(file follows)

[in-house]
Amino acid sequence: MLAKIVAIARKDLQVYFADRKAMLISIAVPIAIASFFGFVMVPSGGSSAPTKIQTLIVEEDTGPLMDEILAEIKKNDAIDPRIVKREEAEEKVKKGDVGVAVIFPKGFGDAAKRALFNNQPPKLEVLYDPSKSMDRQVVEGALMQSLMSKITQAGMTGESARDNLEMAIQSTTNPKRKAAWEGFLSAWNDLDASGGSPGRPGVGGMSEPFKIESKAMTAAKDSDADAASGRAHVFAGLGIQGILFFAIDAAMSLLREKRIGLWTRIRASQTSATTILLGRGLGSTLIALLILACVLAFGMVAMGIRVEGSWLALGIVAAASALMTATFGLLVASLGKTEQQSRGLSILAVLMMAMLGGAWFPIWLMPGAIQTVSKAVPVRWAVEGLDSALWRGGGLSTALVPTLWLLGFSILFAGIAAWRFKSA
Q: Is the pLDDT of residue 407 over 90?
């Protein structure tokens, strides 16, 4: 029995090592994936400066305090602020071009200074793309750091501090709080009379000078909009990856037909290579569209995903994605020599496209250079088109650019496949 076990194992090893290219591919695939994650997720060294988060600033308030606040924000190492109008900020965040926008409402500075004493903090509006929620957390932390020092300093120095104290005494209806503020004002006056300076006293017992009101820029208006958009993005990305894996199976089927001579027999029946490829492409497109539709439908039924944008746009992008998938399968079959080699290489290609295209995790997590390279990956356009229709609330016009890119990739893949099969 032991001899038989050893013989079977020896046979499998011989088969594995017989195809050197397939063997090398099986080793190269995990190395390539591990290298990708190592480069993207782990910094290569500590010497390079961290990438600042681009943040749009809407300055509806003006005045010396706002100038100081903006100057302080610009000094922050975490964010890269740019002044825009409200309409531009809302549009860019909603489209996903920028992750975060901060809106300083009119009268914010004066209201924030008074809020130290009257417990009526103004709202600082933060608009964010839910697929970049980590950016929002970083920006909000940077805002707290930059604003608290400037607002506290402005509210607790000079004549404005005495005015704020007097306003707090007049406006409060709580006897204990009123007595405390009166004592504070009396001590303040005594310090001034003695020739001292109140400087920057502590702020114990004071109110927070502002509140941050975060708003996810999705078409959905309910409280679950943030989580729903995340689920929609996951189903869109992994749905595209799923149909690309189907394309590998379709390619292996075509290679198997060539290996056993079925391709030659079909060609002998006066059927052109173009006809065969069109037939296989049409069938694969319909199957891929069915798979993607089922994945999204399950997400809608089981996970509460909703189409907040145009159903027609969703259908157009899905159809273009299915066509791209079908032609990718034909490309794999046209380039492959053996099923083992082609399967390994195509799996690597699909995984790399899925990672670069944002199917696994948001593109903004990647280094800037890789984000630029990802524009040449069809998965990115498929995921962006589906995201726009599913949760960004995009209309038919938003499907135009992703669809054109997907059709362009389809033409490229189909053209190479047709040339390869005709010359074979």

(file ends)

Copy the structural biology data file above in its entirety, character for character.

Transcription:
[in-house]
Amino acid sequence: MLAKIVAIARKDLQVYFADRKAMLISIAVPIAIASFFGFVMVPSGGSSAPTKIQTLIVEEDTGPLMDEILAEIKKNDAIDPRIVKREEAEEKVKKGDVGVAVIFPKGFGDAAKRALFNNQPPKLEVLYDPSKSMDRQVVEGALMQSLMSKITQAGMTGESARDNLEMAIQSTTNPKRKAAWEGFLSAWNDLDASGGSPGRPGVGGMSEPFKIESKAMTAAKDSDADAASGRAHVFAGLGIQGILFFAIDAAMSLLREKRIGLWTRIRASQTSATTILLGRGLGSTLIALLILACVLAFGMVAMGIRVEGSWLALGIVAAASALMTATFGLLVASLGKTEQQSRGLSILAVLMMAMLGGAWFPIWLMPGAIQTVSKAVPVRWAVEGLDSALWRGGGLSTALVPTLWLLGFSILFAGIAAWRFKSA
Q: Is the pLDDT of residue 407 over 90?
């Protein structure tokens, strides 16, 4: 029995090592994936400066305090602020071009200074793309750091501090709080009379000078909009990856037909290579569209995903994605020599496209250079088109650019496949 076990194992090893290219591919695939994650997720060294988060600033308030606040924000190492109008900020965040926008409402500075004493903090509006929620957390932390020092300093120095104290005494209806503020004002006056300076006293017992009101820029208006958009993005990305894996199976089927001579027999029946490829492409497109539709439908039924944008746009992008998938399968079959080699290489290609295209995790997590390279990956356009229709609330016009890119990739893949099969 032991001899038989050893013989079977020896046979499998011989088969594995017989195809050197397939063997090398099986080793190269995990190395390539591990290298990708190592480069993207782990910094290569500590010497390079961290990438600042681009943040749009809407300055509806003006005045010396706002100038100081903006100057302080610009000094922050975490964010890269740019002044825009409200309409531009809302549009860019909603489209996903920028992750975060901060809106300083009119009268914010004066209201924030008074809020130290009257417990009526103004709202600082933060608009964010839910697929970049980590950016929002970083920006909000940077805002707290930059604003608290400037607002506290402005509210607790000079004549404005005495005015704020007097306003707090007049406006409060709580006897204990009123007595405390009166004592504070009396001590303040005594310090001034003695020739001292109140400087920057502590702020114990004071109110927070502002509140941050975060708003996810999705078409959905309910409280679950943030989580729903995340689920929609996951189903869109992994749905595209799923149909690309189907394309590998379709390619292996075509290679198997060539290996056993079925391709030659079909060609002998006066059927052109173009006809065969069109037939296989049409069938694969319909199957891929069915798979993607089922994945999204399950997400809608089981996970509460909703189409907040145009159903027609969703259908157009899905159809273009299915066509791209079908032609990718034909490309794999046209380039492959053996099923083992082609399967390994195509799996690597699909995984790399899925990672670069944002199917696994948001593109903004990647280094800037890789984000630029990802524009040449069809998965990115498929995921962006589906995201726009599913949760960004995009209309038919938003499907135009992703669809054109997907059709362009389809033409490229189909053209190479047709040339390869005709010359074979």